Which medications in the drug class Immunosuppressants are used in the treatment of Crohn Disease?

Updated: Jul 26, 2019
  • Author: Leyla J Ghazi, MD; Chief Editor: Praveen K Roy, MD, AGAF  more...
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Answer

Immunosuppressants

Immunosuppressant agents are used off label to treat moderate-to-severe Crohn disease, to treat steroid-dependent or steroid-refractory disease, and to maintain remission.

Mercaptopurine (Purinethol)

6-MP and its prodrug azathioprine are purine analogues; they interfere with protein synthesis and nucleic acid metabolism and have cytotoxic effect on lymphoid cells. If steroid withdrawal proves difficult, immunosuppressants such as 6-MP may be considered.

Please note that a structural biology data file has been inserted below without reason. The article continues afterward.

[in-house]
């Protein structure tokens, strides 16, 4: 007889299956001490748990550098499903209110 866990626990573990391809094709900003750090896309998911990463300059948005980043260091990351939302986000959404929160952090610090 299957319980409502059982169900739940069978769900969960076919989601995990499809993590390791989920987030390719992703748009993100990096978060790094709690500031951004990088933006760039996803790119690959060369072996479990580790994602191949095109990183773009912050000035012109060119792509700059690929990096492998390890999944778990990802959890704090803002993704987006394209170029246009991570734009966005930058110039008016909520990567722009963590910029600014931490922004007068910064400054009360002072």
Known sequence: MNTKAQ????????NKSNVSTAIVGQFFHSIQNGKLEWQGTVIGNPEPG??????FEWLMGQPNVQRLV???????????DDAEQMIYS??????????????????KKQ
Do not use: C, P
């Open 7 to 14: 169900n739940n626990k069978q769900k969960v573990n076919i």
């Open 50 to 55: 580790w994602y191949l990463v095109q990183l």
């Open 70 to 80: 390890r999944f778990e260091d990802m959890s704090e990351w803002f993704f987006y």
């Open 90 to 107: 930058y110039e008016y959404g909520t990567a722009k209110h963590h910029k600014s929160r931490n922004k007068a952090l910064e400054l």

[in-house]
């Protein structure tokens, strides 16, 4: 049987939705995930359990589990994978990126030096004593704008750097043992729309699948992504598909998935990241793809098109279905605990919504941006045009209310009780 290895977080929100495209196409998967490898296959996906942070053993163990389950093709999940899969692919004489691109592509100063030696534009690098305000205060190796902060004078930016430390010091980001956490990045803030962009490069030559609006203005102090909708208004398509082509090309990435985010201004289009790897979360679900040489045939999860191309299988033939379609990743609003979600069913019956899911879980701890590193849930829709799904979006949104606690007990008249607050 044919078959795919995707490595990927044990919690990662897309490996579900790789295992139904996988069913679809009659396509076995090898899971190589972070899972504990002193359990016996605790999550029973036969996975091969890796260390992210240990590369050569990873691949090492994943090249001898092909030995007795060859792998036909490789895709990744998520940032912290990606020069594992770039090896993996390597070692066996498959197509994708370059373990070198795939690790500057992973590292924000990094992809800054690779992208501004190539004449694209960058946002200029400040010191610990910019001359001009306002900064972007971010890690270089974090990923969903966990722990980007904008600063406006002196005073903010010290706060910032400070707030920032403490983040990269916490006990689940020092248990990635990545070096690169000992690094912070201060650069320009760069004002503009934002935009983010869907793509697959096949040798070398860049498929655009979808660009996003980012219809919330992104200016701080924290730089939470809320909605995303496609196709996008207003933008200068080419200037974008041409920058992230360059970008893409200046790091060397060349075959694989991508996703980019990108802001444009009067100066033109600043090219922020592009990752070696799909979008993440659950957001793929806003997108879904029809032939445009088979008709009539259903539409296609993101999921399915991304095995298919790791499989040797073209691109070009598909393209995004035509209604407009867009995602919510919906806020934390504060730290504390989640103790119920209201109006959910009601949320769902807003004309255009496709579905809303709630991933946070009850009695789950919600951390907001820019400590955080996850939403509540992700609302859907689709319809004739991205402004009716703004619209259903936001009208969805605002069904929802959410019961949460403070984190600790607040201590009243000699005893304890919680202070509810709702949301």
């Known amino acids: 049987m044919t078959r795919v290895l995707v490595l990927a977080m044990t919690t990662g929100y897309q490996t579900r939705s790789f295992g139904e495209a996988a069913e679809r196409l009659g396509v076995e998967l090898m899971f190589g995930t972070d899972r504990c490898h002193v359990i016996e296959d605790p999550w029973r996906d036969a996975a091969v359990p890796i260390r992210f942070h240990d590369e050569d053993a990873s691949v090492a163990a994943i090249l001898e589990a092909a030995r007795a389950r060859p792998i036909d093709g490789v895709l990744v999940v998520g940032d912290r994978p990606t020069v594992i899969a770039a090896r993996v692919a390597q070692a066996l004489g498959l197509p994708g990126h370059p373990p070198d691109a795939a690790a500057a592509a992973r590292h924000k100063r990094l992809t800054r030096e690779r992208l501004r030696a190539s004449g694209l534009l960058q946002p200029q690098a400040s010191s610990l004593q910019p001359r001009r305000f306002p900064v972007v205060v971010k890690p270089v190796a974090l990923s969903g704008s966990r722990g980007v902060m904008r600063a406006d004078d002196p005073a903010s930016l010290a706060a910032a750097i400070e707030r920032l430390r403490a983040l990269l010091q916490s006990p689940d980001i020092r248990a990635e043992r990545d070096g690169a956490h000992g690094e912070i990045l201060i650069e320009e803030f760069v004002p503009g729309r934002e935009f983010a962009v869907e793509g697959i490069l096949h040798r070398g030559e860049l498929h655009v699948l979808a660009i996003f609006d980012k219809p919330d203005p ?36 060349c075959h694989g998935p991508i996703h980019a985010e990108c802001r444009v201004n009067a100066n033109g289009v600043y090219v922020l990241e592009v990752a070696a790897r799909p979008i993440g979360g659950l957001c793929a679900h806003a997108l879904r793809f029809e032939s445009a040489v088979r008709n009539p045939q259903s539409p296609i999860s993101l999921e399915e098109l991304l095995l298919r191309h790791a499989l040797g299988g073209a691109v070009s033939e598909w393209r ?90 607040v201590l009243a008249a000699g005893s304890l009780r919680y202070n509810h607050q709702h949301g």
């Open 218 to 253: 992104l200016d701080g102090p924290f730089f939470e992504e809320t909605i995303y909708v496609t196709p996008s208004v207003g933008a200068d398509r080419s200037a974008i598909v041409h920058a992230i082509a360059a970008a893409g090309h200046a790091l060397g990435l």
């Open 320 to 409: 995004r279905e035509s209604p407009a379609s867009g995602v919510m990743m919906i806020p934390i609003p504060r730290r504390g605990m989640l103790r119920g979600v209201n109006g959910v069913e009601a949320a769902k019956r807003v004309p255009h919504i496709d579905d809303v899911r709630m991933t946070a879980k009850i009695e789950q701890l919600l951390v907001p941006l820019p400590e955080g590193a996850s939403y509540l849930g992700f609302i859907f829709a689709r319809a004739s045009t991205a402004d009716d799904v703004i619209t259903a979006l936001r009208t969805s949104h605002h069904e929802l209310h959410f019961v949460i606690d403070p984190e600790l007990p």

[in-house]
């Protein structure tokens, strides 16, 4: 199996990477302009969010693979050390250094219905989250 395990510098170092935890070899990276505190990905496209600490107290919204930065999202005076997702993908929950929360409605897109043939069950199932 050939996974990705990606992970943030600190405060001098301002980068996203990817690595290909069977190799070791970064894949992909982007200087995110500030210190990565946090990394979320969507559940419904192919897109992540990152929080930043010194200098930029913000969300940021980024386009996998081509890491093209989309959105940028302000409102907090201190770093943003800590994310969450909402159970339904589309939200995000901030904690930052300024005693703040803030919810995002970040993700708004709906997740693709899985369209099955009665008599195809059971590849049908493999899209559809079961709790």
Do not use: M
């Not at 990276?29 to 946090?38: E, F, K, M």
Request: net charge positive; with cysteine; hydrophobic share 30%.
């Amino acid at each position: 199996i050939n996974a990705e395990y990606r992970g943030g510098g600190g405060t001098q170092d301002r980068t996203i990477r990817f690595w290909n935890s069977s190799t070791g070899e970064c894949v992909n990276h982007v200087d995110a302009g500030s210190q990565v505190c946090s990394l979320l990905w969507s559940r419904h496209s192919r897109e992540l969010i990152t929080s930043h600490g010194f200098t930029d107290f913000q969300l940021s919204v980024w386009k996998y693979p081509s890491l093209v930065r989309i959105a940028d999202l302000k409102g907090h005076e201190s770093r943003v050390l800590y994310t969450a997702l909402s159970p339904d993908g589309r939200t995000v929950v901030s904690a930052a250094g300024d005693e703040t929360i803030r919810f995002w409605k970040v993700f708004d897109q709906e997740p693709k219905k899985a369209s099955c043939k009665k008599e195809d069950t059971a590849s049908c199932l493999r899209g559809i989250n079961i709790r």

Azathioprine (Imuran, Azasan)

Azathioprine antagonizes purine metabolism and inhibits synthesis of DNA, RNA, and proteins. It may decrease proliferation of immune cells, which lowers autoimmune activity.

Methotrexate (Trexall, Rheumatrex)

Methotrexate is used for the treatment of moderate-to-severe Crohn disease and maintenance of remission. It is effective in inducing and maintaining remission in chronic Crohn disease in adults and has been shown to be effective and well tolerated for maintenance of remission in children. Methotrexate is a structural analogue of folic acid that inhibits binding of dihydrofolic acid to the enzyme dihydrofolate reductase. It impairs DNA synthesis, induces apoptosis, and reduces interleukin (IL)-1 production.

Tacrolimus (Prograf, Hecoria)

Tacrolimus is an immunomodulator produced by the bacteria Streptomyces tsukubaensis. Its mechanism of action is similar to that of cyclosporine. Tacrolimus may be effective in treating Crohn disease.


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